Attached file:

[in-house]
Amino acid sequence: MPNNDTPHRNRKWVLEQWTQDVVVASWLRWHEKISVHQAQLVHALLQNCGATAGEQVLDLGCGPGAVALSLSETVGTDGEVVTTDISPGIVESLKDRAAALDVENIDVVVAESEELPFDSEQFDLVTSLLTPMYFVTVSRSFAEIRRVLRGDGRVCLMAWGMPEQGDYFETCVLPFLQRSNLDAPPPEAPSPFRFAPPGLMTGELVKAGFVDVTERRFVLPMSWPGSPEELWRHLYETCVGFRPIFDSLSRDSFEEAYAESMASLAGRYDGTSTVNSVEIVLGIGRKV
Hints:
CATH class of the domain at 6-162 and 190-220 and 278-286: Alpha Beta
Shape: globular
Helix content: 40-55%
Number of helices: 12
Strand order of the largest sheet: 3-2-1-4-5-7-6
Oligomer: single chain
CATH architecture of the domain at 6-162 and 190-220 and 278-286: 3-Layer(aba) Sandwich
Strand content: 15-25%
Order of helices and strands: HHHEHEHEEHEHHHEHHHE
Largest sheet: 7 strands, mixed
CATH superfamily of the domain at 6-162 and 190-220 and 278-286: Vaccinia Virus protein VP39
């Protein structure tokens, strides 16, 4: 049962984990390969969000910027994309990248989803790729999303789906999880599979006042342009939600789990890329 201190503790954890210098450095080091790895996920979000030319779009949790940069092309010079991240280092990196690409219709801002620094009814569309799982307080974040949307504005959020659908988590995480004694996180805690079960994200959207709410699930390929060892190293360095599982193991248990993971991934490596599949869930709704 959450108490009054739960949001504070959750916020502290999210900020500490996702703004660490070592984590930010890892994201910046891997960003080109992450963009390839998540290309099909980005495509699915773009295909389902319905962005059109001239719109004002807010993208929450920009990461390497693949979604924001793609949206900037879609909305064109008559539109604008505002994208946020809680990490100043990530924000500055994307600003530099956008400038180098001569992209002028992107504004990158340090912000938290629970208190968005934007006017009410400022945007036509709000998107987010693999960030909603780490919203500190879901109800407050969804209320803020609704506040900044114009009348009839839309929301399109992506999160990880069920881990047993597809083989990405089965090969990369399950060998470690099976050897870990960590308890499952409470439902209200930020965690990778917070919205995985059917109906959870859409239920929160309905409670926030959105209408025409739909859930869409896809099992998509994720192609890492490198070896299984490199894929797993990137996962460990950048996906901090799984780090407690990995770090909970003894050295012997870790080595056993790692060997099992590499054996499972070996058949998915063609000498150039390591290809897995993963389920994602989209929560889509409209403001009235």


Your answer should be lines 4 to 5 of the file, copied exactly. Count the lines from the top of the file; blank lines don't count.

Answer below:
CATH class of the domain at 6-162 and 190-220 and 278-286: Alpha Beta
Shape: globular